Jackson Fine Art is pleased to present an exhibition of new works by Mona Kuhn and Kahn & Selesnick. For Mona Kuhn’s emerging body of work, under the working title Reckless, the artist has brought her signature process of photographing the human form with striking intimacy and candor to La Lande, a pine forest in France.  Nicholas Kahn and Richard Selesnick, a collaborative artist team who have been working together since 1988, are known for their complex narrative photo-novellas and installations. For their current body of work, Truppe Fledermaus (2012-present) Kahn & Selesnick respond to the anxieties of a warming planet by imagining a fictitious cabaret troupe who travel the countryside staging absurd and inscrutable performances beyond the town’s edge. Both series draw on art historical references in order to embody, in both execution and content, liminal spaces on the brink; their subjects exist in a state of ahistorical reverie, outside of time.

For her Reckless work, Kuhn has turned away from digital photography, instead shooting on film with the desired outcome of creating a less mediated experience with her subjects. Kuhn depicts models in the nude resting, their eyes shut, suggesting a state of trance. Recalling Édouard Manet’s Le Déjeuner sur l'herbe and other Impressionist paintings depicting figures at leisure in pastoral landscapes, Mona weaves together elements of dreams and poetry into an elaborate set of compositions. The images are shot from a bird’s eye view, flattening the perspective and eliminating a horizontal line, a surrealist approach inspired by Joan Miro and Jeans Arp compositions. The photographic images resemble figure drawings suspended by the uncensored creative impulses of the unconscious, a plunge into what the surrealist poet Louis Aragon called “a wave of dreams”.

Mona Kuhn was born in São Paulo, Brazil, in 1969, of German descent. She received her BA from The Ohio State University, before furthering her studies at the San Francisco Art Institute in 1996. She is currently an independent scholar at The Getty Research Institute in Los Angeles. Mona Kuhn's work has been exhibited and/or included in the collections of The J.Paul Getty Museum, The George Eastman House, and others.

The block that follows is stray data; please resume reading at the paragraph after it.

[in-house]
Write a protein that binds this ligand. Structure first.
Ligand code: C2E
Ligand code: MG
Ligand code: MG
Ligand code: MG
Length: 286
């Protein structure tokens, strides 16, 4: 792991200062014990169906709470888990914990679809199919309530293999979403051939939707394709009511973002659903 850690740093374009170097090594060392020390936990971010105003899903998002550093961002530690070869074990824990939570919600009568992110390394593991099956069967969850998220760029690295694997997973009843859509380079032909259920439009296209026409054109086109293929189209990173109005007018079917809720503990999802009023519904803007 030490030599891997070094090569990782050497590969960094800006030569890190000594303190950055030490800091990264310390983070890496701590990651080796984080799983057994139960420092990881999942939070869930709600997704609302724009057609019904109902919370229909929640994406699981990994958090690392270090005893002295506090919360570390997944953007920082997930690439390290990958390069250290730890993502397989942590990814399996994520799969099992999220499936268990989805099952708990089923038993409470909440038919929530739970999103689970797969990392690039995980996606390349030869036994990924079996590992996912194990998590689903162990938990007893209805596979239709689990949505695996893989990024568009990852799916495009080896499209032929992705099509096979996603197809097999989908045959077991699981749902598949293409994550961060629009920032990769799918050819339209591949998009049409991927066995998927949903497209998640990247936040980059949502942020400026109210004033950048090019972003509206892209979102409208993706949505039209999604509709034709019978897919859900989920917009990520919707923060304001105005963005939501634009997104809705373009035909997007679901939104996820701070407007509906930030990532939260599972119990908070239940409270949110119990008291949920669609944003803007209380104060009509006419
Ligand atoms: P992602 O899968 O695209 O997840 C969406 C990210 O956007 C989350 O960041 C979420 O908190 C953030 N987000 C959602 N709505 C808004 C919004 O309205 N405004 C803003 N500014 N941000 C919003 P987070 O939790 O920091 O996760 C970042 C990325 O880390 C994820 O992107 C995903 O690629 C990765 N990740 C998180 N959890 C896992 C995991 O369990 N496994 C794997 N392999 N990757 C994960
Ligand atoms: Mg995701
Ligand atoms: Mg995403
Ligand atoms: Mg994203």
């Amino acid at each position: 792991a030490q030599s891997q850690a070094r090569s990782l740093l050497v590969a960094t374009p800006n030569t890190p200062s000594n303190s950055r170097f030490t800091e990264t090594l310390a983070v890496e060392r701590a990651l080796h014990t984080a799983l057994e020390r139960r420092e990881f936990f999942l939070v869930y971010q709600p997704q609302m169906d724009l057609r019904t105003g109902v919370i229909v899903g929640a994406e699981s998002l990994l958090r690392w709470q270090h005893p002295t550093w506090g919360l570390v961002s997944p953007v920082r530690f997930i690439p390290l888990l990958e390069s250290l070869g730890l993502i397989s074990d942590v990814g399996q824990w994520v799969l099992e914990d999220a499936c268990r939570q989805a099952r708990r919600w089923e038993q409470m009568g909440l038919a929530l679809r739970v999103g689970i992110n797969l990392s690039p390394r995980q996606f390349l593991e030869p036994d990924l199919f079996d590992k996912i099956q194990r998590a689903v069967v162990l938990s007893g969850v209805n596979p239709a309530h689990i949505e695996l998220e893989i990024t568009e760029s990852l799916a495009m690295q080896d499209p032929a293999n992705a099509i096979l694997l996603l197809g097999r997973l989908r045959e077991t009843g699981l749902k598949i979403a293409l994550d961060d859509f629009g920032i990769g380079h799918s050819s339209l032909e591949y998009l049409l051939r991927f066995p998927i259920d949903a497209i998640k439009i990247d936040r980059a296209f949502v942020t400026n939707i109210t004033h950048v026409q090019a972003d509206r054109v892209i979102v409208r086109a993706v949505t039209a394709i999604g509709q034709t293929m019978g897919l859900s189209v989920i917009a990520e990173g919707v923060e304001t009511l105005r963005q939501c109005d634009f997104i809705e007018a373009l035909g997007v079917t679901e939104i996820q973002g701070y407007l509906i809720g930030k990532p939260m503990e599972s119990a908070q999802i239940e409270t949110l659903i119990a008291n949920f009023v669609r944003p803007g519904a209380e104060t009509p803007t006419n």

The photographs comprising Truppe Fledermaus draw on a wealth of references, from Hieronymus Bosch and Samuel Beckett to René Magritte and Japanese Ukiyo-e prints, in which the central concept is an apocalyptic floating world of pleasure. Kahn & Selesnick’s apocalyptic visions are revelatory, rather than dystopic—fantastical bats and men wander about, a prophet wears silver plaques and has a house for a head, Pre-Raphealite figures float amid flowers and moths, their faces content. This proliferation of illusory images serves as a metaphor for the manner in which seemingly inexhaustible quantities of information are disseminated to us in the modern world and celebrates the madness of an unknown tomorrow.

Richard Selesnick and Nicholas Kahn, both born in 1964, have participated in over 100 solo and group exhibitions worldwide and have work in over 20 collections including the Brooklyn Museum of Art, the Philadelphia Museum of Art, the Houston Museum of Fine Arts, the Los Angeles County Museum of Art, and the Smithsonian Institution.